SGIP blazing the trail for achieving smart grid interoperability
Interoperability is, of course, one of the cornerstones of a modern electrical grid. Interoperability allows new technologies to be added to the grid infrastructure as soon as it makes business sense for utilities to do so. Many of you know that this longstanding technical challenge received official recognition from the American Recovery and Reinvestment Act (ARRA) of 2009 with the creation of the Smart Grid Interoperability Panel, or SGIP. I believe the SGIP is truly a “trailblazer” in this area, in that, as far as I know, no private sector industry as a whole has ever attempted a non-vendor driven focus of wide scale product availability for off-the-shelf interoperable products for industry consumption. I’m honored to have served as a representative of the Testing and Vendors category in the SGIP Governing Board and also to be chairing the Smart Grid Testing and Certification standing committee within SGIP. I’d like to share with you, on Grid Insights, how we approach the interoperability challenge.
While the ARRA includes many directives and items, it gives the National Institute of Standards and Technology (NIST) the responsibility to be the U.S. government’s representative in this public/private partnership for the smart grid power industry. The SGIP has more than 600 member companies whose primary focus is achieving interoperability while maintaining security in the software and hardware systems composing the North American smart grid.
There are many facets to achieving wide scale interoperability. However, one must first realize that achieving certified interoperability requires in-depth analysis of the more than one hundred primary standards --which may overlap and have conflicting requirements for implementation. Additionally, as anybody familiar with the industry knows, some of the standards used are rather “esoteric.” While one can easily find mathematicians in any university who can read and understand a technical document describing say, an encryption algorithm. One will have a much more difficult time finding experts with a background enabling them to read and to understand standards which often predate modern digital technology and to be put into effect using equipment intended to “last” (read – not change) for 30 to 40 years!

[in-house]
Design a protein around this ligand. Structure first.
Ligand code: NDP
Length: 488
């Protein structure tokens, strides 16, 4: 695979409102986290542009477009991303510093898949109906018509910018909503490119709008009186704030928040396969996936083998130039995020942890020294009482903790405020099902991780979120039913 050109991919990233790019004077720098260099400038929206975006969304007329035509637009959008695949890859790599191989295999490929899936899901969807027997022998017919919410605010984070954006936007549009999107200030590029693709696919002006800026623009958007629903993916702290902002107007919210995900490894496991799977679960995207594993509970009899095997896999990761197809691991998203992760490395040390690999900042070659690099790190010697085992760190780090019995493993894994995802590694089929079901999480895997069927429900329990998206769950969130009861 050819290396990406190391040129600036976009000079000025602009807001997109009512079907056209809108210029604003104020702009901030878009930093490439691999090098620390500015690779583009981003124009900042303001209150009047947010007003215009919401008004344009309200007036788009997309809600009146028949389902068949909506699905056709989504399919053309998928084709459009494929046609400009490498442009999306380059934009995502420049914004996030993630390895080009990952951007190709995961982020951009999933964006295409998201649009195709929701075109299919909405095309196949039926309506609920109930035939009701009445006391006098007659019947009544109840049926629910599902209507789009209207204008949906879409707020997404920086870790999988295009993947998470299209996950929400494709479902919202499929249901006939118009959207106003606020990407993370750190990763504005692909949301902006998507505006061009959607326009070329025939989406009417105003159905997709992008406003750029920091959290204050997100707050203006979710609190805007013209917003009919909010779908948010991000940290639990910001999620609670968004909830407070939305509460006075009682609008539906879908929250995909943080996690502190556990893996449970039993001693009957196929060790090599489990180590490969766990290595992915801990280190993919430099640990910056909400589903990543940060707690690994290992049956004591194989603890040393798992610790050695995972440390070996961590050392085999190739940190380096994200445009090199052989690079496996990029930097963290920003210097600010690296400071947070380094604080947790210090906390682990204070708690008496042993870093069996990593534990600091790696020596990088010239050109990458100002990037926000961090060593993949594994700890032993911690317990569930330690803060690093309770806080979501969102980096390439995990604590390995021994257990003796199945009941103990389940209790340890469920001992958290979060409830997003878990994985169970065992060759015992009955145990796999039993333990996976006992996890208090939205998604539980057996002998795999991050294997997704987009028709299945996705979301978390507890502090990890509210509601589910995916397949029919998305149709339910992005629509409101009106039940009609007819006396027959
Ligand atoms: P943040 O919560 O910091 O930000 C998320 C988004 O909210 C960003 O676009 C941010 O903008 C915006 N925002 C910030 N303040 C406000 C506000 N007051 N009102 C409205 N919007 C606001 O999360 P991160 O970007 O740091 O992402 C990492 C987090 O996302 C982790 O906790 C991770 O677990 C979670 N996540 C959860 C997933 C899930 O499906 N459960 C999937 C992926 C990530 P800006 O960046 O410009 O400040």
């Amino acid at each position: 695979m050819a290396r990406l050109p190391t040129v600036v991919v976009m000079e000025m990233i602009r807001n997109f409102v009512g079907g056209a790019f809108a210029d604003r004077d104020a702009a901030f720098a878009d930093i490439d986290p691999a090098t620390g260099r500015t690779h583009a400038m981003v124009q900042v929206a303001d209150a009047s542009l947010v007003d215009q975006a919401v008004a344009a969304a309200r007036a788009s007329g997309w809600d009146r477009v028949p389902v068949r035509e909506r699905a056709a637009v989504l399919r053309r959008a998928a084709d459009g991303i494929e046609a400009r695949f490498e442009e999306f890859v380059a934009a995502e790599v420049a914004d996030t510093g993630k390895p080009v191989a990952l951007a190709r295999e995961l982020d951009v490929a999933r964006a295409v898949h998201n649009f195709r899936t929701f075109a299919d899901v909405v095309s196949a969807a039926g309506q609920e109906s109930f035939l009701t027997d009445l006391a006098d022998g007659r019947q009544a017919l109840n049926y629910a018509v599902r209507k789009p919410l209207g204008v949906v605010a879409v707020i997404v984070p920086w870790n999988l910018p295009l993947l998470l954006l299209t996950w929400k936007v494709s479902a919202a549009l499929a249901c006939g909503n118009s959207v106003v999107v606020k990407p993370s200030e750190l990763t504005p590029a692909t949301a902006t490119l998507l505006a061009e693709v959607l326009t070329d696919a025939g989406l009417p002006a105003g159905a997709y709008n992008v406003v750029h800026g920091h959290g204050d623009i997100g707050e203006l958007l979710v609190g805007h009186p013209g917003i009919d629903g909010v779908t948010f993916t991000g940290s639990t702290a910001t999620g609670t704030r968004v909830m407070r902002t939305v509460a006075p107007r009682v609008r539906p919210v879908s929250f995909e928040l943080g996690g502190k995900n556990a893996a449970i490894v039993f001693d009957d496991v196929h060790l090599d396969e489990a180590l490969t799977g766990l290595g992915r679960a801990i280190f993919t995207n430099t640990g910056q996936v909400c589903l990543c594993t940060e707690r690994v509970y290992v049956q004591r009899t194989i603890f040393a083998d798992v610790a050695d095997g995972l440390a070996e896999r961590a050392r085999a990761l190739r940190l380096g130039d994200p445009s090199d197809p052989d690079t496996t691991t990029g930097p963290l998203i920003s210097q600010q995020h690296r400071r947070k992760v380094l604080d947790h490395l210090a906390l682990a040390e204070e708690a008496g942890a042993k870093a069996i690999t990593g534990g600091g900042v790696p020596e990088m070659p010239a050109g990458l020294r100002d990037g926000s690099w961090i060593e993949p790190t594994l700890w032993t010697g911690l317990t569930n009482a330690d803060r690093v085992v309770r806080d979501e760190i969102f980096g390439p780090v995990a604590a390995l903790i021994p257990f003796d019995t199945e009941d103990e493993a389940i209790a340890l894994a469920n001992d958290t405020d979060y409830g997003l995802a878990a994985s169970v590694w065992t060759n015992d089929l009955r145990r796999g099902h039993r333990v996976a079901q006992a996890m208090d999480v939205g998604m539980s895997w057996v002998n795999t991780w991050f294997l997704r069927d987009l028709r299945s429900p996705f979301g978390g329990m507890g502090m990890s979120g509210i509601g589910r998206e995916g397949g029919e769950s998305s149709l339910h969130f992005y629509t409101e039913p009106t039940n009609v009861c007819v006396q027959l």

Multiply that by the fact that these standards have been implemented in hardware owned by more than 3,000 separate utilities having a yearly combined revenue stream of over $350 billion USD, and you begin to realize the complexities involved in our daily work.
The primary facets of interoperability we study are:
- The cyber security of interoperable products.
- Third-party verification of products which are said to meet the conformance and interoperability requirements.
- Education of buyers on the payback for purchasing third-party-verified cyber-secure, interoperable products in lieu of non-verified products.
- Financial analysis of ROI expectations from wide-scale interoperable product availability.
If you’re interested in following developments at a level accessible to the general public, I recommend visiting the NIST Smart Grid Interoperability website. If you want a more technical, nitty-gritty level, visit the NIST Smart Grid Collaboration wiki. And if you’d like to contribute to the Smart Grid Interoperability effort, join one of our Domain Expert Working Groups.
In my next post, I’ll discuss how we approach verification of interoperability claims and the Interoperability Process Reference Manual.
Rik Drummond, CEO Drummond Group Inc
- An Accredited Test Lab and Certification Body by NAVLAP and ANSI
- Chair emeritus DoE’s Grid Wise Architecture Council
- Chair NIST Smart Grid Interoperability Panel’s Testing and Certification Committee